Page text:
Kayaks for Fly Fishing

Directory List of Kayaks for Fly Fishing

Allexperts Fishing Q & A
answers to kayak fishing questions
a great fishing kayaks resource
Big Waters Edge
sit-on-top kayaks for fishing
Coastal Kayak Fishing
Coastal Kayak Fishing Boats
Field & Stream
Gearing Up: 2004 Summer Boat Guide
a great site
Heritage Kayaks
Heritage Kayaks-Sportsman
Hobie Cat Company
– Manufacturer of Hobie Kayaks
Jammer Canoe and Kayak – A hunting, fishing, paddl
– A hunting, fishing, paddle sport canoe
Jersey Paddler
Kayak Fishing Forums –
Kayak Fishing Stuff
the complete fishing kayak outfitter, with articles, gear reviews and forums
Kayaking gear and Kayak accessories
La Jolla Kayak Fishing
Ocean Kayak
Ocean Kayak Sit On Top Kayaks, fishing kayaks, kay
Old Town Kayaks for Fly Fishing, Paddling and Floa
Which fishing kayak is best for me?
Paddling.net: Guide to Fishing Kayaks
Sit-on-topKayaking.com’s On-line Guide To Sit-on-t
East Coast Kayak Fishing
Viking Kayaks, Australia
fishing kayaks
Walden Kayaks Main Page
useful bulletin board forum

Here are 10 tips for catching fish from a kayak.

1. Develop good paddling skills. I’ve said it before, but no matter how good a fisherman you are, proper paddling skills are essential when targeting big fish. With a big fish on, a “sleigh ride” taking you several hundred yards to a mile or more from your original hook-up location is not uncommon. In saltwater, larger fish can tow you away from a protected flat into deeper, open water conditions. Having the proper skills and mindset to get back to your original fishing grounds is essential.

2. Wear a PFD. In addition to having the proper skills, the right gear is essential. When fishing from a kayak, even on protected waterways, a life vest is mandatory. The new auto-infl ation PFDs from Mustang Survival, Stearns and SOSpenders provide safety with virtually no restriction of movement.

3. Communication. If fishing in a group, hand-held VHF radios are not a bad idea to keep everyone aware of the location and status of each angler. When fishing in open water, a cell phone and hand-held VHF should be standard equipment for kayak anglers.

4. Fish with a partner. When the fight is on it’s nice to have an extra set of eyes and ears for spotting other boats and potentially dangerous water conditions. An extra set of hands also can be a big help to stabilize your boat when changing lines, tying tippets, or accessing gear and rods stowed in storage hatches. And without a fishing partner, who is going to capture that epic Kodak moment?

5. Use a paddle leash. A paddle leash or tether gives you the ability to easily discard your paddle while fighting a fish, without any fear of losing it. The last thing you need is a lost paddle after you’ve been dragged a mile from shore by your trophy catch.

6. Use a drift sock/sea anchor. Call it what you want—drift sock, chute, drogue, or sea anchor—this is an essential device in shortening the fight. When deployed properly, the sea anchor adds considerable drag to your kayak, applying more pressure to the fish. In addition to shortening fight time, a drift sock also makes it a lot harder for that big ‘ole tarpon to tow you half way to Key West.

7. Use an anchor with a detachable rode and fl oat. A decent anchor rigged with a quick-release anchor rode (line) and fl oat is another must have item when targeting big fish. Most large fish need to be followed to keep from being broken off or “spooled,” and if you’re anchored up when you hook up, it’s almost impossible to retrieve an anchor while fighting a fish. A quick-release system lets you ditch the anchor in place, and a small fl oat attached to the rode allows recovery after landing your fish.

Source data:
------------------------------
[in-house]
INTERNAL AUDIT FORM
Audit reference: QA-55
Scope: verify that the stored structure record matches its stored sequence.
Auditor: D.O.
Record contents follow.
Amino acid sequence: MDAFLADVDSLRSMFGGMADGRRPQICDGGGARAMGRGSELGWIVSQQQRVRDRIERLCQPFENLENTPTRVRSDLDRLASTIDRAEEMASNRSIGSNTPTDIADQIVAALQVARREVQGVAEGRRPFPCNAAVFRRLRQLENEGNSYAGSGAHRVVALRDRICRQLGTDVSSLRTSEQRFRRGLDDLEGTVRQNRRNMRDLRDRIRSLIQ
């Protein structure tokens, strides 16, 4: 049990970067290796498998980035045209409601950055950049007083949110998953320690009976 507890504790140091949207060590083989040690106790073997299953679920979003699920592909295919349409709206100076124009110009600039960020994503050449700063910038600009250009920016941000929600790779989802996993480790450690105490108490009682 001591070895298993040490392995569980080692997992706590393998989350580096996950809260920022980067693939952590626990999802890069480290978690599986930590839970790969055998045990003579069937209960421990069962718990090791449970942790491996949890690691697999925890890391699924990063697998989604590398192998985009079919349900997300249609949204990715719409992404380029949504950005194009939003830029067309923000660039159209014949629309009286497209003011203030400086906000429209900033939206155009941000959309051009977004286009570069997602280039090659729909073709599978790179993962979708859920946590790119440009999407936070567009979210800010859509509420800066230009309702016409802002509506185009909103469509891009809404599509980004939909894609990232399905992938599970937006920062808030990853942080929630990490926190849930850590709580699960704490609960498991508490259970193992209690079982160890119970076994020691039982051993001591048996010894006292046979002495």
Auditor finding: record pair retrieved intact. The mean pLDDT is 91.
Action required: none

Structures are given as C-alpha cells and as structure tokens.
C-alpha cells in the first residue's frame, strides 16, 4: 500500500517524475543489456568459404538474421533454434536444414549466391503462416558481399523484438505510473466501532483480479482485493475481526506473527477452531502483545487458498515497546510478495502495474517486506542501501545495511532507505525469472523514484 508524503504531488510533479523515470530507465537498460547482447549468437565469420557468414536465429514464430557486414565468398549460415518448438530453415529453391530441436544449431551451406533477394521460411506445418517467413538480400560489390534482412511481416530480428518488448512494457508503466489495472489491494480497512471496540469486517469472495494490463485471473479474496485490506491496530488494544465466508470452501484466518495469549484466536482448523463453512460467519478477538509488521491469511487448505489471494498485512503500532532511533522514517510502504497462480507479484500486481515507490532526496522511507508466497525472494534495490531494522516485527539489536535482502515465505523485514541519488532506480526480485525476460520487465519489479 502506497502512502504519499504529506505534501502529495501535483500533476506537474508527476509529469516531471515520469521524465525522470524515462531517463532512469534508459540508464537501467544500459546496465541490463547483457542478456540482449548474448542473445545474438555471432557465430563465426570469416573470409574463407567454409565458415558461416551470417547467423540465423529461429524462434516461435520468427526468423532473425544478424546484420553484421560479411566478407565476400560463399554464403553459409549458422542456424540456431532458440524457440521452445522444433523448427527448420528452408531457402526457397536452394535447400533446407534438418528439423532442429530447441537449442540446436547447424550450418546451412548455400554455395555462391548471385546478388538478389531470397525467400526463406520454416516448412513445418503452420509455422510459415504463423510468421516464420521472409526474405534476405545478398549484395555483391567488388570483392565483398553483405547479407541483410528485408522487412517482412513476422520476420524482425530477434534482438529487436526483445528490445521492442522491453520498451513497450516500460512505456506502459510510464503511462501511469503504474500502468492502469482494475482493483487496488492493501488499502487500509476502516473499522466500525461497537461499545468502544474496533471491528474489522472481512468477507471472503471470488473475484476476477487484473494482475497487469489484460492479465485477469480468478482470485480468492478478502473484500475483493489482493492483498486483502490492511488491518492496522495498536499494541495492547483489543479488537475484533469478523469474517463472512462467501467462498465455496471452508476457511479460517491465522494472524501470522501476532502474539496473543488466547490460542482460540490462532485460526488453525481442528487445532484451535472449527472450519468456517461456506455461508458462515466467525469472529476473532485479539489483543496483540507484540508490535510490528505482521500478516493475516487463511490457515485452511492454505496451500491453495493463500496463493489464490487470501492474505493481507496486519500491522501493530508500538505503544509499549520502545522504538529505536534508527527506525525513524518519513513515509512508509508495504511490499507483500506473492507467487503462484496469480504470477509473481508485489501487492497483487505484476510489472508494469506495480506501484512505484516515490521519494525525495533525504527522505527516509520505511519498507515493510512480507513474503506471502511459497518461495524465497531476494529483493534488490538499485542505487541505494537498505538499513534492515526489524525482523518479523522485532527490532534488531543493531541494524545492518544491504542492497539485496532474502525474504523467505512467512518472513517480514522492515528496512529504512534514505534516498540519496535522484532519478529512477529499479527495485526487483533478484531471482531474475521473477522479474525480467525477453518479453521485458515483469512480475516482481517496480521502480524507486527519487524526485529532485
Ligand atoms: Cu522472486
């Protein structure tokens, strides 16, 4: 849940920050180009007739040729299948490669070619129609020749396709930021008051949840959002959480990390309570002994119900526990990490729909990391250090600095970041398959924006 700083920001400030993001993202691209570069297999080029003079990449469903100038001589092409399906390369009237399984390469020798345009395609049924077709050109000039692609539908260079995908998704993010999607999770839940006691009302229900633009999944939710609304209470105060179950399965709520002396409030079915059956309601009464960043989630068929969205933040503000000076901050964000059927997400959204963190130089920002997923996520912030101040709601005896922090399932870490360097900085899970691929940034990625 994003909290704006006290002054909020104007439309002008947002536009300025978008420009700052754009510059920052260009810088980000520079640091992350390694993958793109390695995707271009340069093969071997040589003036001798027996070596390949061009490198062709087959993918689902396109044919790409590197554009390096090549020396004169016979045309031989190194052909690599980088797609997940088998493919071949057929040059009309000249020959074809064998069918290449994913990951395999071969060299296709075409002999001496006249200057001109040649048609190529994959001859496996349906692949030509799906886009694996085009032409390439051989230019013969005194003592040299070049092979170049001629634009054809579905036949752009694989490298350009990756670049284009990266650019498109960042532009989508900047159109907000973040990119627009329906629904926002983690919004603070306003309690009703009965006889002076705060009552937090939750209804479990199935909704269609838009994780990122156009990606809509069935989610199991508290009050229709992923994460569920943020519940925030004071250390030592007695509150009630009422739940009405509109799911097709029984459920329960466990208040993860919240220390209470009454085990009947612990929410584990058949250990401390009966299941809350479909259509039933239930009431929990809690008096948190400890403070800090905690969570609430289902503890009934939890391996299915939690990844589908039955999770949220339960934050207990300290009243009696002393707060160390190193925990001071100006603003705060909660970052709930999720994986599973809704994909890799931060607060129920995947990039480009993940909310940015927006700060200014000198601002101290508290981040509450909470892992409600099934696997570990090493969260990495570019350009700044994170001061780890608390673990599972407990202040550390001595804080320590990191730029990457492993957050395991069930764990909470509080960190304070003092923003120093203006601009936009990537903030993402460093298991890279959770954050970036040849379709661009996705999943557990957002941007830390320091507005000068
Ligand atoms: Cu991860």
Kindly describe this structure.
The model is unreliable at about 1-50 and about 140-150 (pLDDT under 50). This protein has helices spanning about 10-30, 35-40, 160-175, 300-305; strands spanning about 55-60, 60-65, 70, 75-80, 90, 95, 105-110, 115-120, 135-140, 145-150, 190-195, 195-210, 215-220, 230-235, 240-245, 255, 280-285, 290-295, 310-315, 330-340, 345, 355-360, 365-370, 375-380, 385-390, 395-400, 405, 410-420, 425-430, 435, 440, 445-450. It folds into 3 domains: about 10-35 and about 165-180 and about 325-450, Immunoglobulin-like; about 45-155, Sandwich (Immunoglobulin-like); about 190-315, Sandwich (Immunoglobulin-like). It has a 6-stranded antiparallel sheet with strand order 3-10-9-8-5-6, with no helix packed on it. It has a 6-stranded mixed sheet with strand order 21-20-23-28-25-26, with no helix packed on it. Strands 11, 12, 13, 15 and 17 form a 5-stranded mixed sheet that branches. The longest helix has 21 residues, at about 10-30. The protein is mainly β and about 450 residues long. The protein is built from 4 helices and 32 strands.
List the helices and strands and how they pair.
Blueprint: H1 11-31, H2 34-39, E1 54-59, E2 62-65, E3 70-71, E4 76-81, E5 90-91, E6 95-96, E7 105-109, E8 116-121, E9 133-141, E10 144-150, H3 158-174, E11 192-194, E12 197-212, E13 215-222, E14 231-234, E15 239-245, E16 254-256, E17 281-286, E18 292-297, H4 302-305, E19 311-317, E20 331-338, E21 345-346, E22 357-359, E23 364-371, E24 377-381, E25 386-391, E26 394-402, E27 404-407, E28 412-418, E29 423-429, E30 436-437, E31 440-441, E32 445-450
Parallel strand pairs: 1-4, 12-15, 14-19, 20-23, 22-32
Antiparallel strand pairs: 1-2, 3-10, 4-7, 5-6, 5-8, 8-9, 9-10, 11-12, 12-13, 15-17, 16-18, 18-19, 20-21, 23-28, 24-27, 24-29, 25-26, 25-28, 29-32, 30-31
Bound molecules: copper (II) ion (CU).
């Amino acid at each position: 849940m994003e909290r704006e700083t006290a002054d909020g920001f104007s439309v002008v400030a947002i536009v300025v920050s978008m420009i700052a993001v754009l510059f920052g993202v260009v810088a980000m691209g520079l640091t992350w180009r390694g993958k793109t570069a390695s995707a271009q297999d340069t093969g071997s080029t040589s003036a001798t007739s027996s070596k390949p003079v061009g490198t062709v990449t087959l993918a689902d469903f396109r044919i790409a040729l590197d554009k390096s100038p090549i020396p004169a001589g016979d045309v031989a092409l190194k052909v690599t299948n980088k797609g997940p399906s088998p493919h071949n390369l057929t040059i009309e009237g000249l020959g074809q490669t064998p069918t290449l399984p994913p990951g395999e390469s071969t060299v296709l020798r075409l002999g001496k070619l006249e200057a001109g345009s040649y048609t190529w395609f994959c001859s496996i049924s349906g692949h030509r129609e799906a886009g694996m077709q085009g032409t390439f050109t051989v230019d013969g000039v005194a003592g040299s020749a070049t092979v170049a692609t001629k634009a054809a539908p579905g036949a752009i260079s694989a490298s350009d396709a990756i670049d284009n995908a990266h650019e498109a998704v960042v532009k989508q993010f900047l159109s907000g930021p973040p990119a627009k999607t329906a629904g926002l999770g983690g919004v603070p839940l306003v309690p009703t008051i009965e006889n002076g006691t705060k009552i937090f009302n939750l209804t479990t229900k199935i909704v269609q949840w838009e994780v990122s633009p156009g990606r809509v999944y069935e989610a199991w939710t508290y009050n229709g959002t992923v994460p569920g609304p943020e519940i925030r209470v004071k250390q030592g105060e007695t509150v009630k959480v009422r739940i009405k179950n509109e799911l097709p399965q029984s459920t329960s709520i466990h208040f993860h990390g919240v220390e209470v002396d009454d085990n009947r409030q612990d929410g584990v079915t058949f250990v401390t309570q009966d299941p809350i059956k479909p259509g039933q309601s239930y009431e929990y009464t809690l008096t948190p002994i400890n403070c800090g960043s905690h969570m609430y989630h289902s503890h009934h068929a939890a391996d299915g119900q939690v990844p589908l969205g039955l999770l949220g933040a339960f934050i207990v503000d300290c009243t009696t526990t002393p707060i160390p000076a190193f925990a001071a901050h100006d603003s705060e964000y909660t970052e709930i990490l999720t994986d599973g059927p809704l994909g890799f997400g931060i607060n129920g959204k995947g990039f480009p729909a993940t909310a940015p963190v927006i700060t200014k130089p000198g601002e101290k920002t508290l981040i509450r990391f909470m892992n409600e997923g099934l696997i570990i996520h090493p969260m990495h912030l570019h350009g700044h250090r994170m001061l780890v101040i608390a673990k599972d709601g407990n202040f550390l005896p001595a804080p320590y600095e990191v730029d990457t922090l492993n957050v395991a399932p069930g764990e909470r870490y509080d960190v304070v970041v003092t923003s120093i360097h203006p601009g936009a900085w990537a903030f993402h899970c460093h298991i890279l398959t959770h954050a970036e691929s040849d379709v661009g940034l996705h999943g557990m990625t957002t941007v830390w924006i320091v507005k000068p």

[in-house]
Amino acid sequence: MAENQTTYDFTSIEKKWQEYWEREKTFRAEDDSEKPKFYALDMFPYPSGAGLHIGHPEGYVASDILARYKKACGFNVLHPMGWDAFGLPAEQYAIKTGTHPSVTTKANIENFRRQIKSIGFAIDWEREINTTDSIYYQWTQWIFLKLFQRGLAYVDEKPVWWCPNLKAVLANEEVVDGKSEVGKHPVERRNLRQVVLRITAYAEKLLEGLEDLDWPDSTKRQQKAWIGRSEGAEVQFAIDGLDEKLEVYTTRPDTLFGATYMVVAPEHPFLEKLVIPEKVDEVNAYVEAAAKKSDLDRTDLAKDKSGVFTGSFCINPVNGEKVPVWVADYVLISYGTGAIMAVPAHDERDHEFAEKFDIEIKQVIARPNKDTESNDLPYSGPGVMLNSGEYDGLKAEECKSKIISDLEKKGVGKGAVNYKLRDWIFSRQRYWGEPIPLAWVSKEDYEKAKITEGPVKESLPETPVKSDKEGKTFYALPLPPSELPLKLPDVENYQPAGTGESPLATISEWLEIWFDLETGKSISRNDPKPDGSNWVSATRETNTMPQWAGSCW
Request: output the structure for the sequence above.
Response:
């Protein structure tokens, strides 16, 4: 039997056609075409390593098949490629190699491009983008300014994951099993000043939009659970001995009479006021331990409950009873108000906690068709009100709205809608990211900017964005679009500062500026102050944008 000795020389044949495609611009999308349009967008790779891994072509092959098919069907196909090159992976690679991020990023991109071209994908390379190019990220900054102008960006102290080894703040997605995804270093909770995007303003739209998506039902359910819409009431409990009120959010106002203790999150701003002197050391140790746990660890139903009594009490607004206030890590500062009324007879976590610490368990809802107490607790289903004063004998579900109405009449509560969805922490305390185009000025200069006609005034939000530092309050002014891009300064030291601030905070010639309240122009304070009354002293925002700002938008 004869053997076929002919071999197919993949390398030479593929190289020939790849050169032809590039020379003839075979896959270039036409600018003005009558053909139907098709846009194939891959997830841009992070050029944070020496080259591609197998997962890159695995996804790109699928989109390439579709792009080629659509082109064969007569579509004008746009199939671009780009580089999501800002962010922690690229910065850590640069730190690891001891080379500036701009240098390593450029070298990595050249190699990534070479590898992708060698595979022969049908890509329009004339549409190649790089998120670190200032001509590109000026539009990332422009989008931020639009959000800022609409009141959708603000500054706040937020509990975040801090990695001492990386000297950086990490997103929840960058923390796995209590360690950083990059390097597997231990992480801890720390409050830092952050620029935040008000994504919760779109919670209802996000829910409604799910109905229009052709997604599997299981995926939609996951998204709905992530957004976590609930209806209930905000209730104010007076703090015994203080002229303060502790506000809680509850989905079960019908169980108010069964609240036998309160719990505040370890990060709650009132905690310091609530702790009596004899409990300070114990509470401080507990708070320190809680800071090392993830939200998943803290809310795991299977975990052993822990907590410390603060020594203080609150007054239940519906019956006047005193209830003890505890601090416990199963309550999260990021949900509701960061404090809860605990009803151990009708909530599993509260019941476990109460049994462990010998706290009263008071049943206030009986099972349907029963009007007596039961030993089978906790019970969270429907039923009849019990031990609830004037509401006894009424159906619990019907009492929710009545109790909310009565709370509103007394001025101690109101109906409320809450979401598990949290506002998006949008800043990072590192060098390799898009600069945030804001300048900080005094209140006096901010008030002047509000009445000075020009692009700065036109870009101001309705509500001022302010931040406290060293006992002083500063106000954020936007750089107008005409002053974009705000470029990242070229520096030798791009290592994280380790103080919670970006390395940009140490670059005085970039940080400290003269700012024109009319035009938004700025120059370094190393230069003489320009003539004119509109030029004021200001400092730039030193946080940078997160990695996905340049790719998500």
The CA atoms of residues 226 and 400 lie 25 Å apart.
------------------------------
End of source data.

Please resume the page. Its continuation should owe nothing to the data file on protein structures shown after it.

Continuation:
8. Consider a sit-on-top kayak. In addition to having the most fishing-friendly deck layout, a sit-on-top (“SOT”) offers the ability to put your legs over the side of the hull for added stability when fighting big fish. It also permits paddling with your feet to make minor boat position changes without using your hands or a paddle. In conditions where the water is not too deep and the bottom is firm, a SOT gives you the ability to quickly dismount your boat and fight the fish from a standing position.

9. Keep pressure on the fish. “Put the wood to it,” my father-in-law likes to yell at me. The more you pressure the fish, the faster it will tire, and the quicker you can get it boatside. Always keep the line tight and apply pressure in the opposite direction the fish is running. Never let the fish rest. Allowing a big fish to catch its second wind is a sure way to double the fight time. In the right situations, I try to angle my kayak perpendicular to the path of the fish, and when done properly this maneuver can significantly increase drag.

10. The three Rs: Removal of hook, Resuscitation, and Release. Big fish are legendary for last-ditch escape efforts. Whenever possible I try to “lash up” to another kayak when bringing a big fish alongside. When done properly the additional balance and stability is helpful for hook removal, photography, and fi nal resuscitation. Even in all the excitement, time must be taken to properly revive the fish for its safe return. Once the hook has been removed, hold the fish at the side of the boat and move it back and forth, forcing water through its gills. As the fish gains strength it will swim off under its own power. The use of a “lipping tool” like the Boga Grip can be very helpful when bringing a large fish alongside, especially if it has teeth! Big fish from a kayak are possible. If you follow the advice above, your first Nantucket Sleigh Ride will be an event you’ll always remember. Tight Lines.

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